> irrefutable evidence that Dante in his Convivio depends on the commentary
> of William of Conches, which seems not a priori impossible (also because
> most commentaries of this time, including Trevet's, were largely indebted
> either directly or indirectly to William's gloss), although on other
> occasions I have found it difficult to share her convictions regarding
> Dante's platonizing sources. I myself do not know of a conclusive study,
> and find it generally difficult to accept conclusions which are not based
> on a thorough study of Dante's adoptions in the context of the manuscript
> and mostly unpublished commentaries and glosses of his time.
> 
> To give you some more bibliographic pointers (publications post-Courcelle):
> 
> ALFONSI Luigi
>    Dante e la Consolatio philosophiae di Boezio. Como: Mar-
>    zorati, 1944 (= Studi di lingua e di letteratura italiana,
>    4), 41 pp.
> GROPPI Felicina
>    Dante traduttore, 2a ed. notevolmente accresciuta, Roma:
>    Tip. poliglotta Vaticana, Editrice "Orbis catholicus" Her-
>    der, 1962, esp. p.130ss., p.179
> DRONKE Peter
>    Boethius, Alanus und Dante. In: Romanische Forschungen 78
>    (1966), p.119-125
> TATEO Francesco
>    Una reminiscenza da Boezio nel Paradiso dantesco. In:
>    L'Alighieri 9 (1968), p.59-65
> TATEO Francesco
>    Art. "Boezio, Severino", Enciclopedia dantesca,  I (1970), 
>    p.654-658
> GUALTIERI Angelo
>    Lady Philosophy in Boethius and Dante. In: Comparative
>    Literature 23 (1971), p.141-150
> TATEO Francesco
>    Questioni di poetica dantesca. Bari: Adriatica, 1972 (= Bib-
>    lioteca di critica e letteratura, 9), p.201-216: Il "punto"
>    della visione e una reminiscenza da Boezio.
> DE BONFILS TEMPLER Margherita
>    La fonte boeziana dell'"Ego tanquam..." e il significato di
>    visione sul contesto della Vita Nuova. In: *Atti dell'Isti-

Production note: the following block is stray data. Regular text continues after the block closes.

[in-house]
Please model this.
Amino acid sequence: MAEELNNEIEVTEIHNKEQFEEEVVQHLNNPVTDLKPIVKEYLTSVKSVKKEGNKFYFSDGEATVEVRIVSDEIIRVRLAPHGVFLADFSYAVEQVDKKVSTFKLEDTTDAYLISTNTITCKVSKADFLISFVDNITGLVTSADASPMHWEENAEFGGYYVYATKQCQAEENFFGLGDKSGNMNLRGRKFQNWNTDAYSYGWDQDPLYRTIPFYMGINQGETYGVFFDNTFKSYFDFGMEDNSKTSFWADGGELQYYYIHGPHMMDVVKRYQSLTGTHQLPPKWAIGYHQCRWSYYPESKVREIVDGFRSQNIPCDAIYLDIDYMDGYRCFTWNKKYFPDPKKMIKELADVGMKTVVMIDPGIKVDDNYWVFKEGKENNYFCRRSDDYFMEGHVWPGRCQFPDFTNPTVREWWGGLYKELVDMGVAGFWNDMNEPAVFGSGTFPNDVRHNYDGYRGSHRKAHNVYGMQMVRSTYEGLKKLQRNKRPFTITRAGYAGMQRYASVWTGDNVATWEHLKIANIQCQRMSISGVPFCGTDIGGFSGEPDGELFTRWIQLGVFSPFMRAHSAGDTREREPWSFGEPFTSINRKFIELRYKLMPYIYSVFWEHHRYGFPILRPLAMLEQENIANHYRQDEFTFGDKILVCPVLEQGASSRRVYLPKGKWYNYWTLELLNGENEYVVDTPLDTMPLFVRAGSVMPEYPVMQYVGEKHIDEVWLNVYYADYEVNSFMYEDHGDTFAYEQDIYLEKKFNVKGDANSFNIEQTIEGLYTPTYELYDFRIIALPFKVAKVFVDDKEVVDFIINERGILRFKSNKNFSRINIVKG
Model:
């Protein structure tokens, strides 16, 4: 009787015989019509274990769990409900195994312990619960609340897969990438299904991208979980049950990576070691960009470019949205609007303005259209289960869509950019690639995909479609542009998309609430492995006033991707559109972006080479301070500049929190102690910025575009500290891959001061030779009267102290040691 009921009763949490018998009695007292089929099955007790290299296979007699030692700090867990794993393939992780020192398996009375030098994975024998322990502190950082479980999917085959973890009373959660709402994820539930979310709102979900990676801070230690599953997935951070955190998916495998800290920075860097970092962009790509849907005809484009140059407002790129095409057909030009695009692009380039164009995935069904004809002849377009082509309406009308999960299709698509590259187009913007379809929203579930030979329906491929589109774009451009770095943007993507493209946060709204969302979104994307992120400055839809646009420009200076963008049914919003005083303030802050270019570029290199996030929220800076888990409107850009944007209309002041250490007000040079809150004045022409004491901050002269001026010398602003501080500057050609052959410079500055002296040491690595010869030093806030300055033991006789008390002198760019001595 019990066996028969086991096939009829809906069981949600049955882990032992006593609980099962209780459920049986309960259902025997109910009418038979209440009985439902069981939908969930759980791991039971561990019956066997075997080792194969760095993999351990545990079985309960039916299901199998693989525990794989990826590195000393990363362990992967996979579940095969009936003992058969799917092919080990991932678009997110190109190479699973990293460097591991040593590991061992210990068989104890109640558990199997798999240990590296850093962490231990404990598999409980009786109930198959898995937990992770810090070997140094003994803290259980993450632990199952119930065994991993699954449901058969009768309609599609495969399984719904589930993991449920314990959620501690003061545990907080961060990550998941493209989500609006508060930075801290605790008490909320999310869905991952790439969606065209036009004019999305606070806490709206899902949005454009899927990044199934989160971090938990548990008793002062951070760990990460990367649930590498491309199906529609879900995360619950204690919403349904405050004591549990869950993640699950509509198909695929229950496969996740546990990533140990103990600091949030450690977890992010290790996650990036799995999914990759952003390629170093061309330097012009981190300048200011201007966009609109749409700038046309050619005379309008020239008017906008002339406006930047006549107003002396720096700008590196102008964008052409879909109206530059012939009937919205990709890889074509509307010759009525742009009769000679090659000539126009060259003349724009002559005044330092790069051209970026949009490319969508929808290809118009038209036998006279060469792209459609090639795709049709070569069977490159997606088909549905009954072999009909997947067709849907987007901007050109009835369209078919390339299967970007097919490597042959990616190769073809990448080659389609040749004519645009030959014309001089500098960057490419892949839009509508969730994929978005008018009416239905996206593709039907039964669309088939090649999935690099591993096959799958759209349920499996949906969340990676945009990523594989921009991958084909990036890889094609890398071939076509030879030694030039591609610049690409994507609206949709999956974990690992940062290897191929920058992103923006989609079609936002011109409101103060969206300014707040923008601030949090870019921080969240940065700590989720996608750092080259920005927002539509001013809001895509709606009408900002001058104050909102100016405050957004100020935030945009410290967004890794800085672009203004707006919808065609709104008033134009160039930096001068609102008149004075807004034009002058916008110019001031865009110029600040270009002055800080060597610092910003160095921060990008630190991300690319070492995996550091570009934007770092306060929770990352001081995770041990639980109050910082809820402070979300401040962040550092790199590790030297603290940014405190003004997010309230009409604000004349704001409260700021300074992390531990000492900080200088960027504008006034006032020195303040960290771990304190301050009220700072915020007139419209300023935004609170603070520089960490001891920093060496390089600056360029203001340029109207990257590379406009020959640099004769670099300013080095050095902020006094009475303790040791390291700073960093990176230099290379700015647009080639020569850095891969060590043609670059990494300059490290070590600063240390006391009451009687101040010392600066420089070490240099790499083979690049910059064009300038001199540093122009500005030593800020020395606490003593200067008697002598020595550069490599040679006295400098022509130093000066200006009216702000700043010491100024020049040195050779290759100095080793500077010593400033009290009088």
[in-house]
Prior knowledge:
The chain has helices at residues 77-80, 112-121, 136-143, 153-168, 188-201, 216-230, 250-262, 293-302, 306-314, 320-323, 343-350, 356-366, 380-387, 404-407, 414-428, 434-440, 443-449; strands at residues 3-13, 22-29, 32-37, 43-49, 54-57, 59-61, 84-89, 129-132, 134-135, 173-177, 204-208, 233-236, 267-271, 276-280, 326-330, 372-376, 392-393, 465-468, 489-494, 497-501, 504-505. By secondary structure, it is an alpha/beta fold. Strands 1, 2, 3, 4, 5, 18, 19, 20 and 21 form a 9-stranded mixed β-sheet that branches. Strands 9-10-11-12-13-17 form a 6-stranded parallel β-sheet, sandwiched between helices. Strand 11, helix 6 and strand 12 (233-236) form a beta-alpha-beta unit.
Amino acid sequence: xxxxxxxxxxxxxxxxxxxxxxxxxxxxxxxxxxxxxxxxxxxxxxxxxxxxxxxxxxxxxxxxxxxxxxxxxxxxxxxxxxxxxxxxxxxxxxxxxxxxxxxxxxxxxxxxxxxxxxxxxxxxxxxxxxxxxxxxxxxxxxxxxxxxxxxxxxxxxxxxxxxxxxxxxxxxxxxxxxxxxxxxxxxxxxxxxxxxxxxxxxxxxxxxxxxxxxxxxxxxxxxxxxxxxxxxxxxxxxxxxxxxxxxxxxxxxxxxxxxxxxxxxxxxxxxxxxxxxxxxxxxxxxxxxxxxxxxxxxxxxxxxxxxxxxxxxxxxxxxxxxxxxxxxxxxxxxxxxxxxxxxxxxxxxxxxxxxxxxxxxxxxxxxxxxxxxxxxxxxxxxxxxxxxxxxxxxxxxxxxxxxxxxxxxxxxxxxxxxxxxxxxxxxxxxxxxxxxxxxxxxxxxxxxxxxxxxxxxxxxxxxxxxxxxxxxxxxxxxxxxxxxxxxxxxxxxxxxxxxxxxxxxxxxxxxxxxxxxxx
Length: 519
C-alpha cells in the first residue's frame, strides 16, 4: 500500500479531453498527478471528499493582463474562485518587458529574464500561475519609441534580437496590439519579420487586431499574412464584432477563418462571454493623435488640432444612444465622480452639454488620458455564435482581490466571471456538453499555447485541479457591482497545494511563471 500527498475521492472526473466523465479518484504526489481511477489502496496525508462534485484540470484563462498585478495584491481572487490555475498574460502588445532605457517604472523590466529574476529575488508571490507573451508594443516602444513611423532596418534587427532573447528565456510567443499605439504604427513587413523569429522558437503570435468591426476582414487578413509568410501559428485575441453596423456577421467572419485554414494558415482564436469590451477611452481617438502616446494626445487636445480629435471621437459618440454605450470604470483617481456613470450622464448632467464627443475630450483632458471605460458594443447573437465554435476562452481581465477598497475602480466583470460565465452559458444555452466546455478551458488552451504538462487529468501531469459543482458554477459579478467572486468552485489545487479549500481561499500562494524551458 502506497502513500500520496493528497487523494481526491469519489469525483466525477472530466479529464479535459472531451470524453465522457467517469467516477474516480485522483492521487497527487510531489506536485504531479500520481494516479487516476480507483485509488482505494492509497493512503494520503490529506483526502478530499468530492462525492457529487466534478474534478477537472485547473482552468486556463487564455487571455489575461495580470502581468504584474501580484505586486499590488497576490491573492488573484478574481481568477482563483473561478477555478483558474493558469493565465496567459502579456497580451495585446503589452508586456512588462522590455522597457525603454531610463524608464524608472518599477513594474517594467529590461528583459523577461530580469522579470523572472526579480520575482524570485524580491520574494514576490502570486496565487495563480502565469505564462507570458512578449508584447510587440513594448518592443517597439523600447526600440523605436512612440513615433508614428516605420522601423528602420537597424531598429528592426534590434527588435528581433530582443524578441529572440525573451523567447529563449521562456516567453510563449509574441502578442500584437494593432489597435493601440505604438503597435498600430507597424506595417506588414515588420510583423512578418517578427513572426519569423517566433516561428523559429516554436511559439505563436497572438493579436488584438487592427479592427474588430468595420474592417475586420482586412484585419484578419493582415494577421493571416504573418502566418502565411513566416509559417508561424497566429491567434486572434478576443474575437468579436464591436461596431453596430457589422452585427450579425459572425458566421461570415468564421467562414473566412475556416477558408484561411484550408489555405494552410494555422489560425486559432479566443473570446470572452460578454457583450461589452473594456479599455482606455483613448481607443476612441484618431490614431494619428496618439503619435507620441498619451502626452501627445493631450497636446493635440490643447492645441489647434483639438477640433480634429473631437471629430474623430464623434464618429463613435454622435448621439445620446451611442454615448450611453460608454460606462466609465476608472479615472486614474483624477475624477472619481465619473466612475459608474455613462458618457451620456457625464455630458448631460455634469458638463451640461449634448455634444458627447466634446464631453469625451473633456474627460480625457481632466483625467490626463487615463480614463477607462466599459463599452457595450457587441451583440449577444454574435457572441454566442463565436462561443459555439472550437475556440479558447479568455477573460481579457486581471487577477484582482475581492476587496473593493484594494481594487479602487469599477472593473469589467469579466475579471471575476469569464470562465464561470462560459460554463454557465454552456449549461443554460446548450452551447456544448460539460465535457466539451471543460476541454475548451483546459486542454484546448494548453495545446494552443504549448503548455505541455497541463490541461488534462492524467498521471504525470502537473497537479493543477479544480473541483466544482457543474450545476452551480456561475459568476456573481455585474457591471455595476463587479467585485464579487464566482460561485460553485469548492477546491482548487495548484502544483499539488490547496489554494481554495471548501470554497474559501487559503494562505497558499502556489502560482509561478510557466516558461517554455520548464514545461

>    tuto veneto di scienze, lettere ed arti, Classe di scienze
>    morali, storiche e filologiche, Memorie, 131 (1972-73),
>    p.437-461 (abbreviated reprint in ead., Itinerario di Amore,
>    Chapel Hill 1973)
> FENZI Enrico
>    Boezio e Jean de Meun. Filosofia e Ragione nelle rime alle-
>    goriche di Dante. In: Studi di filologia e letteratura 2-3
>    (1975), p.9-69
> SCUDERI Ermanno
>    Boezio e Brunetto "maestri" di Dante. In: *Studi su Dante,
>    a cura di E. Scuderi, Catania 1979, p.53-61
> D'ANDREA Antonio
>    La struttura della Vita Nuova: le divisioni delle rime.
>    In: Yearbook of Italian Studies 4 (1980), p.13-40, again
>    in id., Il nome della storia: studi e ricerche di storia
>    letteratura, Napoli: Liguori, 1982
> BOMMARITO Domenico
>    Dalla Consolatio di Boezio alla Commedia di Dante:
>    L''iter' strutturale verso la 'conoscenza vera' della
>    tradizione protrettica. In: L'Alighieri 24,2 (1983),
>    p.12-28
>    [Bommarito has also published a dissertation on this 
>    topic, but I seem to have misplaced the precise reference]
> BOMMARITO Domenico
>    Il mito di Ulisse e la sua allegorizzazione in Boezio e Dan-
>    te. Ulisse e il tema dell''homo insipiens'. In: Forum Itali-
>    cum 17,1 (1983), p.64-81
> CHIARENZA Marguerite Mills
>    Boethian Themes in Dante's Reading of Virgil. In:
>    Stanford Italian Review 3,1 (1983), p.25-35
> SCOTT John Alfred
>    Dante, Boezio e l'enigma di Rifeo (Par. XX). In: Studi 
>    danteschi (1989), p.187-192
> IANNUCCI Amilcare A.
>    Casella's Song and Tuning of the Soul. In: Thought: A Review
>    of Culture and Idea, an. 65, no. 256 (March 1990), p.27-46,
>    it. s.t. Musica e ordine nella Divina Commedia (Purgato-
>    rio II), in: *Studi americani su Dante, ed. Gian Carlo
>    Alessio / Robert Hollander, Milano: FrancoAngeli, 1989,
>    p.87-111
> MEZZADROLI Giuseppina
>    Dante, Boezio e le sirene. In: Lingua e stile 25,1
>    (1990), p.25-56
> CHIAMENTI Massimiliano
>    Dante Alighieri traduttore. Firenze: Le Lettere, 1995
>    (= Quaderni degli studi danteschi, 10), index p.256 
>    s.v. Boethius
> 
> If you could let us know which particular problem or passage(s) you are
> interested in it might be easier for us to come up with specific references.
> 
> Best,
> 
>   Otfried
> 
> ------------------------------------------------------------------------------